It’s hard, you know, firstly because during this phase of our transition, Ed is able to be at home, with the windows open and his music playing, and he has the leisure to collect his thoughts and organize the house, preparing for the move. I, on the other hand, am still obliged to an office, and all the stresses that come along with it, and haven’t had as much time to sit and be with my thoughts as he has. Due to the complicated nature of my work, and the smallness of my office, I now have the pleasure of finding and training my replacement. Which is eating time out of my workday, and adding to the stress. I get very little relaxing in, and I was never that good at relaxing anyway.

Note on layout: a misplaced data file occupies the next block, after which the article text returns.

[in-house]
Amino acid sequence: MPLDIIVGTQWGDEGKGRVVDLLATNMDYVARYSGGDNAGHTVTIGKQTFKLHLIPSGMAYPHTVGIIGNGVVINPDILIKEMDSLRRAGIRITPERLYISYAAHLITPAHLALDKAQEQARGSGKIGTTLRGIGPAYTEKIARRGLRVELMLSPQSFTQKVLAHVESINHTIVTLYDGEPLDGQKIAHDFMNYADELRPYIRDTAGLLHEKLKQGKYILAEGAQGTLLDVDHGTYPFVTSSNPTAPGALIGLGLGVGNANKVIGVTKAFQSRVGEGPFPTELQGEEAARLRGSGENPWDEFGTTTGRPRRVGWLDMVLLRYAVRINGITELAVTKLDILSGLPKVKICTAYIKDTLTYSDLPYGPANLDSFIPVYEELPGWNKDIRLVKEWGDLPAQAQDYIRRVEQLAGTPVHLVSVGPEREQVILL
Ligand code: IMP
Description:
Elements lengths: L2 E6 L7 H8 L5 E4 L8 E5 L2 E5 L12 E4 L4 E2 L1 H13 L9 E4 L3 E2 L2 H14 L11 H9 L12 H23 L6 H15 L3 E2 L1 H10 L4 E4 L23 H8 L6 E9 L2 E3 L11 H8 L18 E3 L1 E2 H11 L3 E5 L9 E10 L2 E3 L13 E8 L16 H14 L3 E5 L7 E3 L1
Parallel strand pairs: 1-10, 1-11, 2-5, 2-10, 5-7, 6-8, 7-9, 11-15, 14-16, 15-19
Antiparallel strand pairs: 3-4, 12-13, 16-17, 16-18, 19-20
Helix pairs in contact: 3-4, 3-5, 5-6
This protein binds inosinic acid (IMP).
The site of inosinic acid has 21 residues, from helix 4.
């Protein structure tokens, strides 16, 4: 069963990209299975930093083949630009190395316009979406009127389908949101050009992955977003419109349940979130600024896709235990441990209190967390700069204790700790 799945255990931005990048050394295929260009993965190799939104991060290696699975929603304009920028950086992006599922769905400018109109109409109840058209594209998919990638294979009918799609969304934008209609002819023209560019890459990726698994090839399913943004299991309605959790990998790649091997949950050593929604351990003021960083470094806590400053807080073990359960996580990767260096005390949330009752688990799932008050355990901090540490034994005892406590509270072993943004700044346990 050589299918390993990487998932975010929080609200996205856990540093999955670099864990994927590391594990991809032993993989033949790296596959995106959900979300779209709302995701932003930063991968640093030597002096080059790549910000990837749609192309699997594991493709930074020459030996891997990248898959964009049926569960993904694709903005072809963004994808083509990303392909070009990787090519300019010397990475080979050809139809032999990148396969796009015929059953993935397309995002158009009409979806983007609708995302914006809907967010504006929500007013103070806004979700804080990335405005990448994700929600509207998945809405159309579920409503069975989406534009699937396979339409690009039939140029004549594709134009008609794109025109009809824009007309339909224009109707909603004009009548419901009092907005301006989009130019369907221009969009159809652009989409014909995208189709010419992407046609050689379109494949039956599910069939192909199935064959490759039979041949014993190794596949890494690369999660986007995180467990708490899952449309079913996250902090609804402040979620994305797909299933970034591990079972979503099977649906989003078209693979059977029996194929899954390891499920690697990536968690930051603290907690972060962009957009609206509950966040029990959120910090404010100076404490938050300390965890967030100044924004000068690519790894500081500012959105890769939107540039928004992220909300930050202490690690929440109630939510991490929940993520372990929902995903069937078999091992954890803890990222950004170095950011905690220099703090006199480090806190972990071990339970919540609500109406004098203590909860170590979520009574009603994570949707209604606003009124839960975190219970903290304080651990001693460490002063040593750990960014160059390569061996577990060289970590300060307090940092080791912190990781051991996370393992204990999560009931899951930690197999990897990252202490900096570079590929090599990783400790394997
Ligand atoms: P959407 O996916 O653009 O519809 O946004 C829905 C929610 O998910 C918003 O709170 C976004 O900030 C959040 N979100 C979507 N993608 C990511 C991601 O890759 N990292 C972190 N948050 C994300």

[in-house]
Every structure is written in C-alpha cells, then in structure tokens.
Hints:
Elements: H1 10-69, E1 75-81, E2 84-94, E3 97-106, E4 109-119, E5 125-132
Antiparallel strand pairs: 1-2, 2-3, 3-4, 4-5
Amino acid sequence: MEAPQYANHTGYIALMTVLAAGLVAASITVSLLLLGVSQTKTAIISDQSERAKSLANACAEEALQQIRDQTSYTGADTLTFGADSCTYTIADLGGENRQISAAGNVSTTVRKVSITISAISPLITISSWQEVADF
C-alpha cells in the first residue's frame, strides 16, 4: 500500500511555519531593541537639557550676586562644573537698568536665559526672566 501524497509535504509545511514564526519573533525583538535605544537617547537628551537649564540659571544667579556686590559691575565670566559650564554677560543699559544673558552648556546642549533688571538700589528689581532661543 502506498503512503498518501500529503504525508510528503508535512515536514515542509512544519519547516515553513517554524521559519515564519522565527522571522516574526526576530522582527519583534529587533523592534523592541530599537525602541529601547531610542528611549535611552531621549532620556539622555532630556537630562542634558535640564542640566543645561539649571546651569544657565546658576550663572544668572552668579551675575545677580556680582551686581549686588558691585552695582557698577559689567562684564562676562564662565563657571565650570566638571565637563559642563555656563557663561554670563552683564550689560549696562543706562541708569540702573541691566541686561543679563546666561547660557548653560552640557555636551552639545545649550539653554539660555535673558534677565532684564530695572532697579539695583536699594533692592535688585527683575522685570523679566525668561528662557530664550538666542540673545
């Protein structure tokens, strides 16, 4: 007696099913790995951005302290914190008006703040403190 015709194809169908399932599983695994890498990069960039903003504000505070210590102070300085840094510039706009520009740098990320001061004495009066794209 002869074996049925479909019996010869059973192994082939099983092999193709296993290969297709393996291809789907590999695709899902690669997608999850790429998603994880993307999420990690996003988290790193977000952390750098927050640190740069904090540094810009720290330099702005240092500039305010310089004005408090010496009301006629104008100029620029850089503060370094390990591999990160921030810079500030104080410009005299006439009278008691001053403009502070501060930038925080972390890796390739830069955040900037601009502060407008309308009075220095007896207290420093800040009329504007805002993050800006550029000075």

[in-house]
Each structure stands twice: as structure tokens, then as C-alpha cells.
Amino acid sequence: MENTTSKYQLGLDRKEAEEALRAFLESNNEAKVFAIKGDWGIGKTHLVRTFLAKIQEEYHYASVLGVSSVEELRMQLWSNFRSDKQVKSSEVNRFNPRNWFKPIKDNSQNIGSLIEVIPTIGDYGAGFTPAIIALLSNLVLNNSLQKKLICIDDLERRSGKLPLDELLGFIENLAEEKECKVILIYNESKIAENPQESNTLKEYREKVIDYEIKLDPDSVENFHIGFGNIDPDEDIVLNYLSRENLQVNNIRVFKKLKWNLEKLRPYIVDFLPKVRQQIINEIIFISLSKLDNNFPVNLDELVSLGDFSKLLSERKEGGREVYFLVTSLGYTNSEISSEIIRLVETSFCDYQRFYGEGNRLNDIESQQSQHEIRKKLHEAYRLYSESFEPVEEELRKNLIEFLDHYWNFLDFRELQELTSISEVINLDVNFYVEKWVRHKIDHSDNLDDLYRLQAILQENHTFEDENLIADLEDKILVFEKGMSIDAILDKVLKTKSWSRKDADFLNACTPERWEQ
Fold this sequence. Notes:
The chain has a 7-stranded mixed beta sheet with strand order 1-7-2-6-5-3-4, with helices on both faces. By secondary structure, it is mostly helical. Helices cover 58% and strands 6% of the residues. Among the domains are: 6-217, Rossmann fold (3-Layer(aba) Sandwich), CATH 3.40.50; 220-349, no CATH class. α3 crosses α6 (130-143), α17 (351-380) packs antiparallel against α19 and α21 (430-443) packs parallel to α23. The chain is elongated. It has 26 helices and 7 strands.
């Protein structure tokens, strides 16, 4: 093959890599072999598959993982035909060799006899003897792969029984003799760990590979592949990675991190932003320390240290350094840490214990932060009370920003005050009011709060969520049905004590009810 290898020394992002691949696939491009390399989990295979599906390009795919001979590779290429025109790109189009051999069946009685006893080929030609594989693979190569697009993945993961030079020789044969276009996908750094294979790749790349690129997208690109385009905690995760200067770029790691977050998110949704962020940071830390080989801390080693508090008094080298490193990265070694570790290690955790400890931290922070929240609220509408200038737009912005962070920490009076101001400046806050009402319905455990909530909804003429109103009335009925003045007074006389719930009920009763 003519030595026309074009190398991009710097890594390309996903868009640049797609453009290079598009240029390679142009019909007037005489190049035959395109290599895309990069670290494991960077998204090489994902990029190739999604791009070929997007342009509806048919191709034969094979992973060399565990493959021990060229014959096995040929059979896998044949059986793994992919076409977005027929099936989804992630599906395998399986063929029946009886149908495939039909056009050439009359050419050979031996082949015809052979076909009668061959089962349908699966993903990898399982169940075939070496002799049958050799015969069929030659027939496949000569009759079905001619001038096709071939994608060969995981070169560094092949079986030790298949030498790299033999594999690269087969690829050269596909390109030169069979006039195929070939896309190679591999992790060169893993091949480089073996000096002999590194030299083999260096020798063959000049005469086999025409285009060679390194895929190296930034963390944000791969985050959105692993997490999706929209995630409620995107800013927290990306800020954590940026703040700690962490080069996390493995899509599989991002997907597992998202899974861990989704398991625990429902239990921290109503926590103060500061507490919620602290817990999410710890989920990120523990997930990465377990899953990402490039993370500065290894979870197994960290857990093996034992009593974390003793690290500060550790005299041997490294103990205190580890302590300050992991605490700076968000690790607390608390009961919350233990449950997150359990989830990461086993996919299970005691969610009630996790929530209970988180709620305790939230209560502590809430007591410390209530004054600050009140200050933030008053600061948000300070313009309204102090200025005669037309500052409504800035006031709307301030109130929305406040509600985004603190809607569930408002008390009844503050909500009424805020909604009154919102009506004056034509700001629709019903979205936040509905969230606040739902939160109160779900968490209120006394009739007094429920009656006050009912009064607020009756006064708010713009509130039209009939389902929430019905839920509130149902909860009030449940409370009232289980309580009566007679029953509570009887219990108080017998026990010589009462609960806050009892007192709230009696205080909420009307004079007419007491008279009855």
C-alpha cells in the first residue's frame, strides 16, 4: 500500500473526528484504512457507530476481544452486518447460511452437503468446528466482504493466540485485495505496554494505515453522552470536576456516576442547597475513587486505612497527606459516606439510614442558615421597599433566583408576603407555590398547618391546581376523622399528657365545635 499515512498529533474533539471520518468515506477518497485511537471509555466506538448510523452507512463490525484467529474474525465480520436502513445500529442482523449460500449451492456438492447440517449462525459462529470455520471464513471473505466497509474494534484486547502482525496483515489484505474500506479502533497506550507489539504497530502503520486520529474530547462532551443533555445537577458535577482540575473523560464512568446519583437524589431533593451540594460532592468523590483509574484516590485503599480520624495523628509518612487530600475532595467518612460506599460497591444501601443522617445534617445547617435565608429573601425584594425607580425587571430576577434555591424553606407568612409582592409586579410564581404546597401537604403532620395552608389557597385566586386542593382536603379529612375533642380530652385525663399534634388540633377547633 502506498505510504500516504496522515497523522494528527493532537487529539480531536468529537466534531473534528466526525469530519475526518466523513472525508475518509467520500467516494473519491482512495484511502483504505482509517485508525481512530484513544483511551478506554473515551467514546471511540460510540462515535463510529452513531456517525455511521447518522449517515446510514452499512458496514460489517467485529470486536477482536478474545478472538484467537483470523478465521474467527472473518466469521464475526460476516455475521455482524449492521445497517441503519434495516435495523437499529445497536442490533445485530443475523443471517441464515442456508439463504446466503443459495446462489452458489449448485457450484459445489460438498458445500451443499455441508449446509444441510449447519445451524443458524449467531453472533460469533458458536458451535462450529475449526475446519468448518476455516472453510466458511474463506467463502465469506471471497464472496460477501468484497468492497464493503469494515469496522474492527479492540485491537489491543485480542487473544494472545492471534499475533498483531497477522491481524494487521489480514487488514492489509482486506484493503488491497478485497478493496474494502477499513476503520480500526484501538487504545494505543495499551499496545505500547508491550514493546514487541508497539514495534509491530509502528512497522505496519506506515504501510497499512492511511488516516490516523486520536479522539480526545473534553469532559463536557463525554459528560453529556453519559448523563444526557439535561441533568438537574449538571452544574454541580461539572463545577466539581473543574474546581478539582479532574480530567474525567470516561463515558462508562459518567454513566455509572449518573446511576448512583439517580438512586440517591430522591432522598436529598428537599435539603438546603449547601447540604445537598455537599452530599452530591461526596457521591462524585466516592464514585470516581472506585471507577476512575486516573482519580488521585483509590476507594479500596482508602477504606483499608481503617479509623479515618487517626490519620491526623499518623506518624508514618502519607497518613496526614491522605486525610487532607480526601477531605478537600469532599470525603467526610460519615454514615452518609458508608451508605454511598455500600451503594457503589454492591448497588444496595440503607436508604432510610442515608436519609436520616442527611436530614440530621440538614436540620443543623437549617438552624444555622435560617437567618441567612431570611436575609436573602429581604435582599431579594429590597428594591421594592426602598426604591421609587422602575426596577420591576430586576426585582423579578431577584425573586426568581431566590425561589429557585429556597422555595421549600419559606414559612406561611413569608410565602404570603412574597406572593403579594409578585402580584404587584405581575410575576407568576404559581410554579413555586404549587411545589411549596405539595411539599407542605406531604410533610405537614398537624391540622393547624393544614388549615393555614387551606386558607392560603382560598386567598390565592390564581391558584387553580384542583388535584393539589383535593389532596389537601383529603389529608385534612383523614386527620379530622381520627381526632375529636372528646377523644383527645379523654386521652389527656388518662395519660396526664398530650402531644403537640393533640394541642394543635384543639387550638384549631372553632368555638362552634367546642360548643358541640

And here we are, and from here we go. I sometimes wonder how far I’ll go. Will we get a cow, and I’ll milk it myself, and make my own cheese, grow my own cotton, make my own clothes, make my own paper? I will try to grow as much food as I can. Potatoes for sure. Also I want to harvest rainwater, use it to water the plants and animals. It rains a lot there, so I’ll have to learn the proper storage of water, and filter it for drinking water.
I have concerns about the circumstances. The major one is that I will be living on the same property as my in-laws, who I don’t know that well, but what I do know of them concerns me as being over-bearing and abrasive. But good, good folk trying to get by best they know how.


  1. Wow! What an adventure you are embarking upon! It sounds cool!